Columbus Day has long been celebrated in the United States as a holiday commemorating Christopher Columbus's arrival in the Americas in 1492. However, there has been a growing movement to reevaluate and transform this holiday into Indigenous Peoples' Day in recent years.
In Apopka, the idea made its way to a City Council meeting.
Commissioner Alexander Smith brought up the idea during City Commission Reports at the September 6th meeting.
"I really didn't know what our opinions were one way or the other," said Commissioner Alexander Smith. "And so I think that warrants some discussion."
"Apopka's roots are Native American," said Commissioner Kyle Becker. "Native Americans settled on the shores of Lake Apopka. I get it, I can see the value of honoring it... I don't see why you can't celebrate however you want to celebrate."
Commissioner Diane Velazquez agreed with Becker.
"Apopka was founded by indigenous people," she said. "I don't see a problem. We should at least recognize it because we go to the Apopka Museum, and everything about our history starts with indigenous Native Americans, and we've never really recognized it and celebrated that."
Apopka's history can be traced back to prehistoric times when the land was inhabited by indigenous peoples for thousands of years before European contact. These early inhabitants were part of a larger Native American which flourished in what is now Florida from around 500 BCE to 1500 CE. This culture is characterized by distinctive pottery styles and mound-building traditions.
One of the most significant archaeological sites in Apopka is the Wekiwa Mound, located in present-day Wekiwa Springs State Park. Built by Native Americans, it stands as a testament to their complex social and religious practices. It is believed to have served as a ceremonial platform or burial site.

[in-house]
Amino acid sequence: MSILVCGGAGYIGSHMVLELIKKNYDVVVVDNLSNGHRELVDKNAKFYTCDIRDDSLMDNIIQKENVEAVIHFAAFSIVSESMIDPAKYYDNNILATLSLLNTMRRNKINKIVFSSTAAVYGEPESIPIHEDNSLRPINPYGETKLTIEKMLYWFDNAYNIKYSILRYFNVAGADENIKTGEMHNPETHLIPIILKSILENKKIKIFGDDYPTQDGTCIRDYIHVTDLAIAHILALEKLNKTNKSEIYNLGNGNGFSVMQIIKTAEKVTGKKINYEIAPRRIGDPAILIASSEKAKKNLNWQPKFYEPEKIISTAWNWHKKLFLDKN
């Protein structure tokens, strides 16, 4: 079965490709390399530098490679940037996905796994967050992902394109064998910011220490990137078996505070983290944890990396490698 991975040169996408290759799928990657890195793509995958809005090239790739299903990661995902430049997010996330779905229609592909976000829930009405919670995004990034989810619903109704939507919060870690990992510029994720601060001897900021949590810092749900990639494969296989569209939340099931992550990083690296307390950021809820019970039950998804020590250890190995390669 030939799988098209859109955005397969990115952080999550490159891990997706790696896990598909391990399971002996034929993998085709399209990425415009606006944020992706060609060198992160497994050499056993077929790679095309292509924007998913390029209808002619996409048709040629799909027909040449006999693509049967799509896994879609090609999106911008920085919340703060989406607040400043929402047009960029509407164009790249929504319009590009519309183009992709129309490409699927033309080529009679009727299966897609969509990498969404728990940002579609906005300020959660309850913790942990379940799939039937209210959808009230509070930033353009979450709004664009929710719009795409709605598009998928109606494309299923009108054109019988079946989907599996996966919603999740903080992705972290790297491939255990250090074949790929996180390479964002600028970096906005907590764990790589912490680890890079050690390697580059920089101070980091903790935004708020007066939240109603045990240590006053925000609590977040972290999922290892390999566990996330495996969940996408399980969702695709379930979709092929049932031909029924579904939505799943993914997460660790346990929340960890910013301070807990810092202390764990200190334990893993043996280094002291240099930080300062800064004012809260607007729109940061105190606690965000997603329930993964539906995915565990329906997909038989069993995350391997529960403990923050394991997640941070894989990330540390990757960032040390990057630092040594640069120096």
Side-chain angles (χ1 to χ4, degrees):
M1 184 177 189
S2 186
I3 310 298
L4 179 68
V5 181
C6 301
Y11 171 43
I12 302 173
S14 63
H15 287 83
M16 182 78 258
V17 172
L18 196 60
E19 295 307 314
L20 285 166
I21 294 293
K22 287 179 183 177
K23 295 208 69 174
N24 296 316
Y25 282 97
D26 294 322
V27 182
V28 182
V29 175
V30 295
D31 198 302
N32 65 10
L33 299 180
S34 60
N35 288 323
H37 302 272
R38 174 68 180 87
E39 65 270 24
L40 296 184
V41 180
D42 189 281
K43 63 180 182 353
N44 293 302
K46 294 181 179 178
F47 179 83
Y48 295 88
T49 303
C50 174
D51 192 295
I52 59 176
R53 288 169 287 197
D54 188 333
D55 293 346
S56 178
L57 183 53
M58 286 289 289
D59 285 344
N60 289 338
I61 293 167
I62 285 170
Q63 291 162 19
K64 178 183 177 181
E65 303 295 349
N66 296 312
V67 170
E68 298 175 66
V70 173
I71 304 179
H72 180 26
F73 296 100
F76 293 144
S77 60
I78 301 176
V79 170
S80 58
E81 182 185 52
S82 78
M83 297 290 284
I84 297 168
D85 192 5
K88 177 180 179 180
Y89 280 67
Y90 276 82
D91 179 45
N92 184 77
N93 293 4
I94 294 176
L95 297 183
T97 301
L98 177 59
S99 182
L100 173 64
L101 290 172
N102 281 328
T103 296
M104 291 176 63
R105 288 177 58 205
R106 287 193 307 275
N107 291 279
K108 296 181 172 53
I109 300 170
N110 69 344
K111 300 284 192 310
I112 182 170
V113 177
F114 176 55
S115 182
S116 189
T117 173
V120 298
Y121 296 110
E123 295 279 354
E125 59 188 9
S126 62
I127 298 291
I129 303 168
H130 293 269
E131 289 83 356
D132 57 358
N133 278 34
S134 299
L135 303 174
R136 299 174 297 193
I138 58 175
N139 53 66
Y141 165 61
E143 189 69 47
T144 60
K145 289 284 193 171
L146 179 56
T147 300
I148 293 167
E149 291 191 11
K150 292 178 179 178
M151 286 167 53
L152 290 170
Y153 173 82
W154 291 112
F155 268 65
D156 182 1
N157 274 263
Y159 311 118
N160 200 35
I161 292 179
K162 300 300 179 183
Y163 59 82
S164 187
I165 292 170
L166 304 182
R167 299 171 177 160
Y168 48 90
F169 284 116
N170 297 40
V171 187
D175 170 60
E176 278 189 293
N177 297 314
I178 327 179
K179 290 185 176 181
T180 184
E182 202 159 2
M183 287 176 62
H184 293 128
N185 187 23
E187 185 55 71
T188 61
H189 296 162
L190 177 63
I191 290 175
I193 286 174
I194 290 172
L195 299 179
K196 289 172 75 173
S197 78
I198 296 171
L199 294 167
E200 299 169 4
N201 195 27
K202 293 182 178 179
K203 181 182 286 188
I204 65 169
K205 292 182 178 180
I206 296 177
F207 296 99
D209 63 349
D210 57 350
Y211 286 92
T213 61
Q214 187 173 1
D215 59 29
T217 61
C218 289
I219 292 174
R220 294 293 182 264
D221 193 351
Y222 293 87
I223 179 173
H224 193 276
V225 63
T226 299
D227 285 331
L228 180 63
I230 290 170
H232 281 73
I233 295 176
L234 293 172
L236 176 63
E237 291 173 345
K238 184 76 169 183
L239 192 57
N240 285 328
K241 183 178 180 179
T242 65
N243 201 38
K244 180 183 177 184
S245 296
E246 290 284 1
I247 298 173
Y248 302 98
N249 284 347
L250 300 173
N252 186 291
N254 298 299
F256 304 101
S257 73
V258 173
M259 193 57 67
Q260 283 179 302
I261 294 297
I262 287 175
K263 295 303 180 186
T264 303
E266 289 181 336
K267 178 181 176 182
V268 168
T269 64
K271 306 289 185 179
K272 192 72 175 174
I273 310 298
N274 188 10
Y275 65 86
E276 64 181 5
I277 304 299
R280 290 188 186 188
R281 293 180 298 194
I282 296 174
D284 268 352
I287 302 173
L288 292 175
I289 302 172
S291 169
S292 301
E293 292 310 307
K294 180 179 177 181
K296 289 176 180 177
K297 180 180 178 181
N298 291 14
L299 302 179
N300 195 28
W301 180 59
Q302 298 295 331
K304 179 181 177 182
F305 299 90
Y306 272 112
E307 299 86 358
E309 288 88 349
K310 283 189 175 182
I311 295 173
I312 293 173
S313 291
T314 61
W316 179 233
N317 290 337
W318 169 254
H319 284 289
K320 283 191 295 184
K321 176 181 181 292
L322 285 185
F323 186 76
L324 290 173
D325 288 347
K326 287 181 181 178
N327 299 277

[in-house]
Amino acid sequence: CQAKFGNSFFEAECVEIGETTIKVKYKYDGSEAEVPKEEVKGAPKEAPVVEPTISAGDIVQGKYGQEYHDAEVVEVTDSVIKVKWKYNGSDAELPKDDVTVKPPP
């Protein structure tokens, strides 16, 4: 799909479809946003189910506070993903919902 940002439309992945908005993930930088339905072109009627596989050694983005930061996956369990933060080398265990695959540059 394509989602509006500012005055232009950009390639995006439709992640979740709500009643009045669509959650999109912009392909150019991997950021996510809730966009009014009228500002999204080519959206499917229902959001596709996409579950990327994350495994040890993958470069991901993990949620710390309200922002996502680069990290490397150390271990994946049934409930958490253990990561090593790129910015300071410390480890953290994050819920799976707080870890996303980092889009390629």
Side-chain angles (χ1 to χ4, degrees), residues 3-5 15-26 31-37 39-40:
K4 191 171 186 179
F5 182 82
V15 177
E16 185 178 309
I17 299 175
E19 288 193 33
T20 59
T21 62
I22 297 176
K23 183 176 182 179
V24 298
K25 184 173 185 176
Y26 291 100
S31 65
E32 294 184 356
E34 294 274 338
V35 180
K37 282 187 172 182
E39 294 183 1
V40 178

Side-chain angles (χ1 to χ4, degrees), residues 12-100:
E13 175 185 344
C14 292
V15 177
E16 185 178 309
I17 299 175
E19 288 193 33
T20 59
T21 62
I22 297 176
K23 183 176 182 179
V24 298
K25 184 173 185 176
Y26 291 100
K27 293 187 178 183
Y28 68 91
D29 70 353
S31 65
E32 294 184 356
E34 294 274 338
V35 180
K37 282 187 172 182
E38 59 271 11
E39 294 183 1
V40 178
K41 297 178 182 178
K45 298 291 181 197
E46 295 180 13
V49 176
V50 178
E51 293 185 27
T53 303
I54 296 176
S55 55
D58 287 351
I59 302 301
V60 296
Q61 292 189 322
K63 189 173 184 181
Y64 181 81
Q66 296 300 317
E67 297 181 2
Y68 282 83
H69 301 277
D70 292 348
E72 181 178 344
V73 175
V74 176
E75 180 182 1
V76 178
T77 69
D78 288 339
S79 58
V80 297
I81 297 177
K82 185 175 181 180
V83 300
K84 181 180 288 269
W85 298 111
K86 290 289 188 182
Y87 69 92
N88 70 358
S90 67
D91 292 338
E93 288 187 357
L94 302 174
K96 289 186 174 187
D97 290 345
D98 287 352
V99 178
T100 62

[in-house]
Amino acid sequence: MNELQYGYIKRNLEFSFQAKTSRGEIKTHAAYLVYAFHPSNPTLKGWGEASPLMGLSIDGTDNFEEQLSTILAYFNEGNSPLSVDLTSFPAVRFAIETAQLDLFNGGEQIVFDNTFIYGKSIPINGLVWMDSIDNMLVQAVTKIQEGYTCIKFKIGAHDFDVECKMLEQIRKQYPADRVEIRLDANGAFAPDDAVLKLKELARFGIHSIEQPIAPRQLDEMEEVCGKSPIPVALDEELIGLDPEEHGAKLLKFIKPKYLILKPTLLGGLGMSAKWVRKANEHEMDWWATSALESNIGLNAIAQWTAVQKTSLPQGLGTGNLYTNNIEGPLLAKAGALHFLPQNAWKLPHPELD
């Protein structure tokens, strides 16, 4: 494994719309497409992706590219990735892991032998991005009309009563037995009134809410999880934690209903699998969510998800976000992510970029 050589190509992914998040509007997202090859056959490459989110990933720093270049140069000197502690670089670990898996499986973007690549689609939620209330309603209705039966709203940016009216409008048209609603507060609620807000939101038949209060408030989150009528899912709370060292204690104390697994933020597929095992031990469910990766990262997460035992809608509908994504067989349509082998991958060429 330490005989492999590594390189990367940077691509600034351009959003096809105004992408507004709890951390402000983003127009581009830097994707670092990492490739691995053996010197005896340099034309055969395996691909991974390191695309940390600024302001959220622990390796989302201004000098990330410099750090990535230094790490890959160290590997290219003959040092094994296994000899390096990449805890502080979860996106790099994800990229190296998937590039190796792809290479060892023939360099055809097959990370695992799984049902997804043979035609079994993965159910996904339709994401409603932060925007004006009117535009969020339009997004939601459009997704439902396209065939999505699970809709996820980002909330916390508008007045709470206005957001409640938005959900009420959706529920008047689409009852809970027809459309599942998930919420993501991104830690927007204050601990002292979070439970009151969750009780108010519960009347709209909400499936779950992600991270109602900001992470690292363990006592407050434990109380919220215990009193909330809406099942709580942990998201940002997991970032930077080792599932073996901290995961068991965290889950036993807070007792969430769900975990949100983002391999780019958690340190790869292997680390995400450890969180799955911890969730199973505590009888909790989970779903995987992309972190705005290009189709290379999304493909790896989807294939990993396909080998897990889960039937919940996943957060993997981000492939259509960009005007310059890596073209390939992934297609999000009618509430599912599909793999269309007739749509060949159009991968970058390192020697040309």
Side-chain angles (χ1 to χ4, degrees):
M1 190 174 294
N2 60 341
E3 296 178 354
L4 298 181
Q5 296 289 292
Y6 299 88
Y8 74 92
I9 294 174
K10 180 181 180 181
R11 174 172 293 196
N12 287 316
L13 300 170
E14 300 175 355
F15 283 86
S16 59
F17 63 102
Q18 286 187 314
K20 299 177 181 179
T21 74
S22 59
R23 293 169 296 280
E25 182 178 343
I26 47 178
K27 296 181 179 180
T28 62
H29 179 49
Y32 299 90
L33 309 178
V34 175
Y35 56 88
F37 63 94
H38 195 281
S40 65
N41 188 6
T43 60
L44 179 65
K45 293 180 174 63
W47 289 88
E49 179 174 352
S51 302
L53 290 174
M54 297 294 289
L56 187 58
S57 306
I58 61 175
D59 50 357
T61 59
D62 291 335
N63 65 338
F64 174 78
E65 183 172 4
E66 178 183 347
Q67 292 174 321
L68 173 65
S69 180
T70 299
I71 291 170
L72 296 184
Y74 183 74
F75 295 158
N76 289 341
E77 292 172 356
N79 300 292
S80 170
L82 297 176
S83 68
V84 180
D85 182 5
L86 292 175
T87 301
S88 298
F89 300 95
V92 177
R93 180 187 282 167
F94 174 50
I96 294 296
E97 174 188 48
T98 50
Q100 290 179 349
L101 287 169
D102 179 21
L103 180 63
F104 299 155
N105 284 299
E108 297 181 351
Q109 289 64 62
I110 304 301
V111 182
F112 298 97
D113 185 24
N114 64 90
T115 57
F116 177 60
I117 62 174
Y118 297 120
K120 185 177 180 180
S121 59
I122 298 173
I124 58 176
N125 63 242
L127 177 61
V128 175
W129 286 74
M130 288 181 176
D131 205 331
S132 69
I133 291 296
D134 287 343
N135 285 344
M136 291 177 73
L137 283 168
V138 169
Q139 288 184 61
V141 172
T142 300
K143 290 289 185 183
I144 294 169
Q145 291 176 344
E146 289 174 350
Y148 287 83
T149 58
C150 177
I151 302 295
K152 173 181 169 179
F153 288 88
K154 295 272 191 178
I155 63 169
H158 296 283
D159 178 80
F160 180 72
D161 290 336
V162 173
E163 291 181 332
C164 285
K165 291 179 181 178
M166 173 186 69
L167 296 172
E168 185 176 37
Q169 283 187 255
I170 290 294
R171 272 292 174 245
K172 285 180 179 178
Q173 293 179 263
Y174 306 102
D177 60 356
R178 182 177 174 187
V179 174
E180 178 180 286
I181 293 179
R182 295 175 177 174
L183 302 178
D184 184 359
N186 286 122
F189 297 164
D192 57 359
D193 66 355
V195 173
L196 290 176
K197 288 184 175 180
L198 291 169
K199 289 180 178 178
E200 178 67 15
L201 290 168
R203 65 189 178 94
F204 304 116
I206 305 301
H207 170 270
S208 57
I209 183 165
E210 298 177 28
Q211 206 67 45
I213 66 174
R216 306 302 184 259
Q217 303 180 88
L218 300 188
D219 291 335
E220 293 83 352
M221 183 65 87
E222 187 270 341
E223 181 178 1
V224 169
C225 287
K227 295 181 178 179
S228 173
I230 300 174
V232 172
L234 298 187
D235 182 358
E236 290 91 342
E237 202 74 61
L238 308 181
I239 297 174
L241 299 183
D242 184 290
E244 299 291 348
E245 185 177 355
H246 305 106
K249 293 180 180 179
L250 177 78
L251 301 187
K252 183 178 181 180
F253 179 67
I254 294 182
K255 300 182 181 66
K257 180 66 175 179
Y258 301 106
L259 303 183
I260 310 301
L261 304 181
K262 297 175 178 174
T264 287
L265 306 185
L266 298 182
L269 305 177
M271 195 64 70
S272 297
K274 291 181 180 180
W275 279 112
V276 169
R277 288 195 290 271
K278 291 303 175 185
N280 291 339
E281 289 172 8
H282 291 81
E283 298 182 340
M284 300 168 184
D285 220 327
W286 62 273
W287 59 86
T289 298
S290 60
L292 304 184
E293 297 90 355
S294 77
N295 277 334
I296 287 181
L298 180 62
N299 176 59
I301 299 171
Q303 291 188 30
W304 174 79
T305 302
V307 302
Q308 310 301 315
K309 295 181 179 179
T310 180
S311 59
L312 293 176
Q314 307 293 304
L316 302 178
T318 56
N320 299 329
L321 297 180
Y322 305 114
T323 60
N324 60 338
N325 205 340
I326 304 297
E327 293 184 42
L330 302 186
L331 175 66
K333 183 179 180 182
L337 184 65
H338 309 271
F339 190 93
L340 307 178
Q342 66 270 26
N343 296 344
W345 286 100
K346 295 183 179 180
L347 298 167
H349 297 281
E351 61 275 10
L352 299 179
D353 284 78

Commissioner Nick Nesta was also open to the change.
"That's why I brought it up last meeting," Nesta said. "There's a lot of historical context to how we got to Columbus Day and why I think it's a little more appropriate that it's an Indigenous People's Day... so yeah, I think we should definitely do it I don't know if it needs to be a noticed thing or something you can just make happen today."
Columbus Day, initially established as a federal holiday in 1937, has faced increasing scrutiny over the years. Christopher Columbus's arrival in the Americas marked the beginning of a tumultuous period for indigenous peoples, characterized by colonization, forced labor, disease, and violence. The traditional narrative surrounding Columbus's journey often romanticizes his exploration while neglecting the suffering and injustices inflicted upon indigenous communities.
Apopka City Attorney Cliff Shepard confirmed that a change from Columbus to Indigenous People's Day could be made without public notice, but also suggested it may be a topic that residents would want to weigh in on.
"There's no reason that you can't do it tonight," Shepard said. "The reason you might want to do it on a different night for public consideration is because it wasn't on the agenda. The irony of Sunshine Law is while it requires meetings to be publicly noticed and minutes to be kept, it doesn't even require you to have an agenda, so legally you can proceed. Whether you should or not is up to you.
"I would say it would be best to have it publicly noticed," Velazquez said.
"Well, I don't know if there are two sides to this issue or not but I imagined there might be and in so given that that's a circumstance you might want to consider whether it should be on the public notice agenda, but you don't have to."
It turns out there is another side to the Columbus Day debate.
While some critics argue that it represents the colonization and oppression of indigenous peoples, proponents argue that it can serve as a day to promote understanding, appreciation, and celebration of diverse cultures. Instead of erasing Columbus Day, we can use it as a platform to recognize the rich tapestry of cultures that make up the Americas.
The Council is scheduled to take up the issue at the September 20th meeting.
Columbus Day... (or Indigenous People's Day) is observed on the second Monday in October each year. In 2023, Columbus Day is Monday, October 9th.